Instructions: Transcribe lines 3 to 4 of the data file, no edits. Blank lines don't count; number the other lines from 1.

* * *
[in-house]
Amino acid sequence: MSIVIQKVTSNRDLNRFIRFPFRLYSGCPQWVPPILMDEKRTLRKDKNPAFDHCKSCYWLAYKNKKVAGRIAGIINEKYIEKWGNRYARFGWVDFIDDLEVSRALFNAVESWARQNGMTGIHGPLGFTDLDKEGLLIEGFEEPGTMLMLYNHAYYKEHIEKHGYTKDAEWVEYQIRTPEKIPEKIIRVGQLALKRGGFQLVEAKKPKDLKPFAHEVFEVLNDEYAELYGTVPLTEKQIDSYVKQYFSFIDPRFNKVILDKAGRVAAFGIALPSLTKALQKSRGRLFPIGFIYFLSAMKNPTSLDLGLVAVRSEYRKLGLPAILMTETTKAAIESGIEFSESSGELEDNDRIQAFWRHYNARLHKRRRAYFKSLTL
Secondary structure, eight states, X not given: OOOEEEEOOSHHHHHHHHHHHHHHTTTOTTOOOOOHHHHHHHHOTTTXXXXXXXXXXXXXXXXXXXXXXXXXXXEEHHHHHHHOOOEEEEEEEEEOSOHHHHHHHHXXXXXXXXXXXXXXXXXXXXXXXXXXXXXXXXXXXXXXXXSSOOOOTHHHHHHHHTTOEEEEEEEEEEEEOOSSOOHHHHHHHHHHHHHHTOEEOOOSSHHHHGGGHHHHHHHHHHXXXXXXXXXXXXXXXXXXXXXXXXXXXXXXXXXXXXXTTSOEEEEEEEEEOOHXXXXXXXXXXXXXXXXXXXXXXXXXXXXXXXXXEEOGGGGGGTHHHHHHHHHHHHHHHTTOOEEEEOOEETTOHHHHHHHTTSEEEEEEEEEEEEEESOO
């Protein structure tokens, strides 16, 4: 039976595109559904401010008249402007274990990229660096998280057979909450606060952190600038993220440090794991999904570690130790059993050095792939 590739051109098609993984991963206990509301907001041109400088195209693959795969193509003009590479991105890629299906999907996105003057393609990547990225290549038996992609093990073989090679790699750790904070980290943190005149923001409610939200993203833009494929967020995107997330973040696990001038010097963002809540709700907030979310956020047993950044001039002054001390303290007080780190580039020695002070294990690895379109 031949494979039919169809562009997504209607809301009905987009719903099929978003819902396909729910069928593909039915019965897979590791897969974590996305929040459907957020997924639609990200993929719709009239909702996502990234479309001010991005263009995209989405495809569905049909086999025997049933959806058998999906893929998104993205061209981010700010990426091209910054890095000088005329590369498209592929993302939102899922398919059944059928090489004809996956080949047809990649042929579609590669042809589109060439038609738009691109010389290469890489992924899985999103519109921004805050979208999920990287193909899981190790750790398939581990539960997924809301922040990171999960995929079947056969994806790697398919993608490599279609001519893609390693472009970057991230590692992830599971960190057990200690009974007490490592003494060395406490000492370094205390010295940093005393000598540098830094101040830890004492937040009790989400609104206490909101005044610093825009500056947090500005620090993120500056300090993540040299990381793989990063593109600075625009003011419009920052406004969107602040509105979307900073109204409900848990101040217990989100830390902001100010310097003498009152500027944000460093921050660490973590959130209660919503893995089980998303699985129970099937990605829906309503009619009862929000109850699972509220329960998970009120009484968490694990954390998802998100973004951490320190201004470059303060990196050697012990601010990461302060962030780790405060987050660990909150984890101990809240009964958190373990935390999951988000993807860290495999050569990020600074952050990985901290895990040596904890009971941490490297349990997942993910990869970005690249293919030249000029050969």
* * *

Secondary structure, eight states, X not given: OOOEEEEOOSHHHHHHHHHHHHHHTTTOTTOOOOOHHHHHHHHOTTTXXXXXXXXXXXXXXXXXXXXXXXXXXXEEHHHHHHHOOOEEEEEEEEEOSOHHHHHHHHXXXXXXXXXXXXXXXXXXXXXXXXXXXXXXXXXXXXXXXXSSOOOOTHHHHHHHHTTOEEEEEEEEEEEEOOSSOOHHHHHHHHHHHHHHTOEEOOOSSHHHHGGGHHHHHHHHHHXXXXXXXXXXXXXXXXXXXXXXXXXXXXXXXXXXXXXTTSOEEEEEEEEEOOHXXXXXXXXXXXXXXXXXXXXXXXXXXXXXXXXXEEOGGGGGGTHHHHHHHHHHHHHHHTTOOEEEEOOEETTOHHHHHHHTTSEEEEEEEEEEEEEESOO
């Protein structure tokens, strides 16, 4: 039976595109559904401010008249402007274990990229660096998280057979909450606060952190600038993220440090794991999904570690130790059993050095792939 590739051109098609993984991963206990509301907001041109400088195209693959795969193509003009590479991105890629299906999907996105003057393609990547990225290549038996992609093990073989090679790699750790904070980290943190005149923001409610939200993203833009494929967020995107997330973040696990001038010097963002809540709700907030979310956020047993950044001039002054001390303290007080780190580039020695002070294990690895379109 031949494979039919169809562009997504209607809301009905987009719903099929978003819902396909729910069928593909039915019965897979590791897969974590996305929040459907957020997924639609990200993929719709009239909702996502990234479309001010991005263009995209989405495809569905049909086999025997049933959806058998999906893929998104993205061209981010700010990426091209910054890095000088005329590369498209592929993302939102899922398919059944059928090489004809996956080949047809990649042929579609590669042809589109060439038609738009691109010389290469890489992924899985999103519109921004805050979208999920990287193909899981190790750790398939581990539960997924809301922040990171999960995929079947056969994806790697398919993608490599279609001519893609390693472009970057991230590692992830599971960190057990200690009974007490490592003494060395406490000492370094205390010295940093005393000598540098830094101040830890004492937040009790989400609104206490909101005044610093825009500056947090500005620090993120500056300090993540040299990381793989990063593109600075625009003011419009920052406004969107602040509105979307900073109204409900848990101040217990989100830390902001100010310097003498009152500027944000460093921050660490973590959130209660919503893995089980998303699985129970099937990605829906309503009619009862929000109850699972509220329960998970009120009484968490694990954390998802998100973004951490320190201004470059303060990196050697012990601010990461302060962030780790405060987050660990909150984890101990809240009964958190373990935390999951988000993807860290495999050569990020600074952050990985901290895990040596904890009971941490490297349990997942993910990869970005690249293919030249000029050969």